It is the old masculine spirit of government as authority which is so slow in adopting itself to the democratic idea of government as service. That it should be a representative government they grasp, but representative of what? of the common will, they say; the will of the majority—never thinking that it is the common good, the common welfare, that government should represent.

  It is the inextricable masculinity in our idea of government which so revolts at the idea of women as voters. “To govern:” that means to boss, to control, to have authority, and that only, to most minds. They cannot bear to think of the women as having control over even their own affairs; to control is masculine, they assume. Seeing only self-interest as a natural impulse, and the ruling powers of the state as a sort of umpire, an authority to preserve the rules of the game while men fight it out forever; they see in a democracy merely a wider range of self-interest, and a wider, freer field to fight in.

  The law dictates the rules, the government enforces them, but the main business of life, hitherto, has been esteemed as one long fierce struggle; each man seeking for himself. To deliberately legislate for the service of all the people, to use the government as the main engine of that service, is a new process, wholly human, and difficult of development under an androcentric culture.

  Furthermore they put forth those naively androcentric protests—women cannot fight, and in case their laws were resisted by men they could not enforce them—therefore they should not vote!

  What they do not so plainly say, but very strongly think, is that women should not share the loot which to their minds is so large a part of politics.

  Here we may trace clearly the social heredity of male government.

  Fix clearly in your mind the first headship of man—the leader of the pack as it were—the Chief Hunter. Then the second headship, the Chief Fighter. Then the third headship, the Chief of the Family. Then the long line of Chiefs and Captains, Warlords and Landlords, Rulers and Kings.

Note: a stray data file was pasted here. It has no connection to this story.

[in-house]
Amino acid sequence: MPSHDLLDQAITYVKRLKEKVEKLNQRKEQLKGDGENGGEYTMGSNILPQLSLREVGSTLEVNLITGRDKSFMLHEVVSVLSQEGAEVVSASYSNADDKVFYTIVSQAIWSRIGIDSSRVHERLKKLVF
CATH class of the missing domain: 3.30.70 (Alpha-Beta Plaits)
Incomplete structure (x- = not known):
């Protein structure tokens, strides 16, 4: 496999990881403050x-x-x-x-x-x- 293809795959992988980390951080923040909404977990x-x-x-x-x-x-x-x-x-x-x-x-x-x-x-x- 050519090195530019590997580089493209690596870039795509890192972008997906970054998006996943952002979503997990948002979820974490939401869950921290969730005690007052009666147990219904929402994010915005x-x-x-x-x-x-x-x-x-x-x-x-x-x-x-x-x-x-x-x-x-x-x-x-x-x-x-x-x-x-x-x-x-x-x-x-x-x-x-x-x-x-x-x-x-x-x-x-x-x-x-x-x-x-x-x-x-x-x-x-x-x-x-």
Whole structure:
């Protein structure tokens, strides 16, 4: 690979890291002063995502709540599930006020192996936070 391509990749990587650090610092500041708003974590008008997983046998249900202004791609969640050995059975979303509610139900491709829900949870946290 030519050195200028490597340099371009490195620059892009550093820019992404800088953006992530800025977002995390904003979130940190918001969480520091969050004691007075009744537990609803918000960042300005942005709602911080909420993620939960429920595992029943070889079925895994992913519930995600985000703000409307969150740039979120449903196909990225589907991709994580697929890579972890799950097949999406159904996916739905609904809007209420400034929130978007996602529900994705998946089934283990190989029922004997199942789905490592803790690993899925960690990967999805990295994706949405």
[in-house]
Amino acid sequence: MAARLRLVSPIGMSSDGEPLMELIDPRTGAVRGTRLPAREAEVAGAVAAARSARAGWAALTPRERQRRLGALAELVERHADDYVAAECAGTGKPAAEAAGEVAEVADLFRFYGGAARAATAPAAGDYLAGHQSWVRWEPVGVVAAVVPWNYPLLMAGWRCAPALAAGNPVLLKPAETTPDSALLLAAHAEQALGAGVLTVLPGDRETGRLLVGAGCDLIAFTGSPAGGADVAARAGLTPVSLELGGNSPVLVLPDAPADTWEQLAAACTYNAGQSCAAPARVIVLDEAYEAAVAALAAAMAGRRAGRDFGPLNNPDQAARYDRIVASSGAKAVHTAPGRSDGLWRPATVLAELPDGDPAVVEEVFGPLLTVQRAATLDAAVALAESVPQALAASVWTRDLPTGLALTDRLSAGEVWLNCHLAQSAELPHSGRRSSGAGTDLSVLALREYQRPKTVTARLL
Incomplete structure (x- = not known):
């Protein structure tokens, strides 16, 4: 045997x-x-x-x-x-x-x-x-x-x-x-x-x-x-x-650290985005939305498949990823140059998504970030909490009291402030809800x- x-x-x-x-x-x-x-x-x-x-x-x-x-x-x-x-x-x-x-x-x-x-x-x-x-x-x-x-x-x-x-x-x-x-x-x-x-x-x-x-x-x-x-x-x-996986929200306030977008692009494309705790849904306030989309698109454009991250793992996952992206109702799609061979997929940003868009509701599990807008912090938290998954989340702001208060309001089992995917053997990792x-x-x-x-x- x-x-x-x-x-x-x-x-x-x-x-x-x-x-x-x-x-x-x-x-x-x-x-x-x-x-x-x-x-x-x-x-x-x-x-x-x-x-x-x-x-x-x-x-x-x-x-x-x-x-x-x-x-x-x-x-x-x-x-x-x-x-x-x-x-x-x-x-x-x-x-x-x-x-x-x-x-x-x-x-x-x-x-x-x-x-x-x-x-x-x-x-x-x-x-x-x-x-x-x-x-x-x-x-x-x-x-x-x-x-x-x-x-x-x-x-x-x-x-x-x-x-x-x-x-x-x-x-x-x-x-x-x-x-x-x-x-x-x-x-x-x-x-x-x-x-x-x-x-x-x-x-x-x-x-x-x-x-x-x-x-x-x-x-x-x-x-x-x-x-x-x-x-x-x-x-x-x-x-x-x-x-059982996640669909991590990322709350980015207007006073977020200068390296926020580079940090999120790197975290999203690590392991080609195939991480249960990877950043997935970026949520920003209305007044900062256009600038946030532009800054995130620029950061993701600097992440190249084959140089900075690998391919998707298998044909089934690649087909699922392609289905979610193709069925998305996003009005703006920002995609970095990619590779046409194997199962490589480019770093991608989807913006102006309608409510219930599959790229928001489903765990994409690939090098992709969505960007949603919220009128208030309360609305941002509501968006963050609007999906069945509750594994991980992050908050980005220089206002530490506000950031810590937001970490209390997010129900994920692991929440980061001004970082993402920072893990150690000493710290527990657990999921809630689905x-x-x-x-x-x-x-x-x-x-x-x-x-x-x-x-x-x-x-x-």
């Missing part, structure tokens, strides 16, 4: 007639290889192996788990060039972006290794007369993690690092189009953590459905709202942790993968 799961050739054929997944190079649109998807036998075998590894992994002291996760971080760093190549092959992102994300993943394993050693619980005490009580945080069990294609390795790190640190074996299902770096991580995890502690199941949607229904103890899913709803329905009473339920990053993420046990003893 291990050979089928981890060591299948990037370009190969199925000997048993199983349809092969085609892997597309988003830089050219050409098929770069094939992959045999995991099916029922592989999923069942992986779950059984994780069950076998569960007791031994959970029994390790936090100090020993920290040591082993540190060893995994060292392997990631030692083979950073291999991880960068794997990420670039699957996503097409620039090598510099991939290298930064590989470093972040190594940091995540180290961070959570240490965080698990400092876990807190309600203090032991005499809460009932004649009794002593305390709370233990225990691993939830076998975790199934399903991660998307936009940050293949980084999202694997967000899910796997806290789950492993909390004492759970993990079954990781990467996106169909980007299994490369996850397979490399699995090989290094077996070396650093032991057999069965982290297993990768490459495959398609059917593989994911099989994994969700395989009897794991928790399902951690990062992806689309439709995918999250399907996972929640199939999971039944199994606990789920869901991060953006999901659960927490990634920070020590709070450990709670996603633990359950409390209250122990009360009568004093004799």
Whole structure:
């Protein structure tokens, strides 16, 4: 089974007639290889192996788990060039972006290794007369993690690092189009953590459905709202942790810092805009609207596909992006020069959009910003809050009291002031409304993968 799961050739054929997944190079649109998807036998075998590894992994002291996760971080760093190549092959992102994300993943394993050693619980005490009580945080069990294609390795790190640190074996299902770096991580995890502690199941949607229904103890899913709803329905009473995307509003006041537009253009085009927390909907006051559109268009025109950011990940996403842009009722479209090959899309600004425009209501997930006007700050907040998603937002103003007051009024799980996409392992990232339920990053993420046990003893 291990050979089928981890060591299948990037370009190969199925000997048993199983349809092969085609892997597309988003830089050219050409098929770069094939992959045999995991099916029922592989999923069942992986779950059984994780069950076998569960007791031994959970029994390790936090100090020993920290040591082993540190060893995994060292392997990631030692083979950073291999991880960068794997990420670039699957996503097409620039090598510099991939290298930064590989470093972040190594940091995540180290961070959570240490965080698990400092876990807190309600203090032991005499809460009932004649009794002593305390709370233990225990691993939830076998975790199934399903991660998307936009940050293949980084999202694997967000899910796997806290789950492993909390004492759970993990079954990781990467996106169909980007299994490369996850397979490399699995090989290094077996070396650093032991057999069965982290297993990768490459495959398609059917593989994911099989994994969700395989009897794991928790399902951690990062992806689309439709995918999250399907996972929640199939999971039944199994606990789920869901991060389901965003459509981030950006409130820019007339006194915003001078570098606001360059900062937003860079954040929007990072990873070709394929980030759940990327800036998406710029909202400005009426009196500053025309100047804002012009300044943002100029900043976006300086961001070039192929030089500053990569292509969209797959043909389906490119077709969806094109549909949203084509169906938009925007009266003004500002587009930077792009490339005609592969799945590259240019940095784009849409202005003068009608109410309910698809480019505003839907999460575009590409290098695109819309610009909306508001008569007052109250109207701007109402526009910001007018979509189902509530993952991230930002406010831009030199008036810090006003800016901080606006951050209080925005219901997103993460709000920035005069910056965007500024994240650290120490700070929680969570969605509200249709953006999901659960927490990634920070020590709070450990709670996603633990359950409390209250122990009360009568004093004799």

The Hunter hunted for prey, and got it. The Fighter enriched himself with the spoils of the vanquished. The Patriarch lived on the labor of women and slaves. All down the ages, from frank piracy and robbery to the measured toll of tribute, ransom and indemnity, we see the same natural instinct of the hunter and fighter. In his hands the government is a thing to sap and wreck, to live on. It is his essential impulse to want something very much; to struggle and fight for it; to take all he can get.

  Set against this the giving love that comes with motherhood; the endless service that comes of motherhood; the peaceful administration in the interest of the family that comes of motherhood. We prate much of the family as the unit of the state. If it is—why not run the state on that basis? Government by women, so far as it is influenced by their sex, would be influenced by motherhood; and that would mean care, nurture, provision, education. We have to go far down the scale for any instance of organized motherhood, but we do find it in the hymenoptera; in the overflowing industry, prosperity, peace and loving service of the ant-hill and bee-hive. These are the most highly socialized types of life, next to ours, and they are feminine types.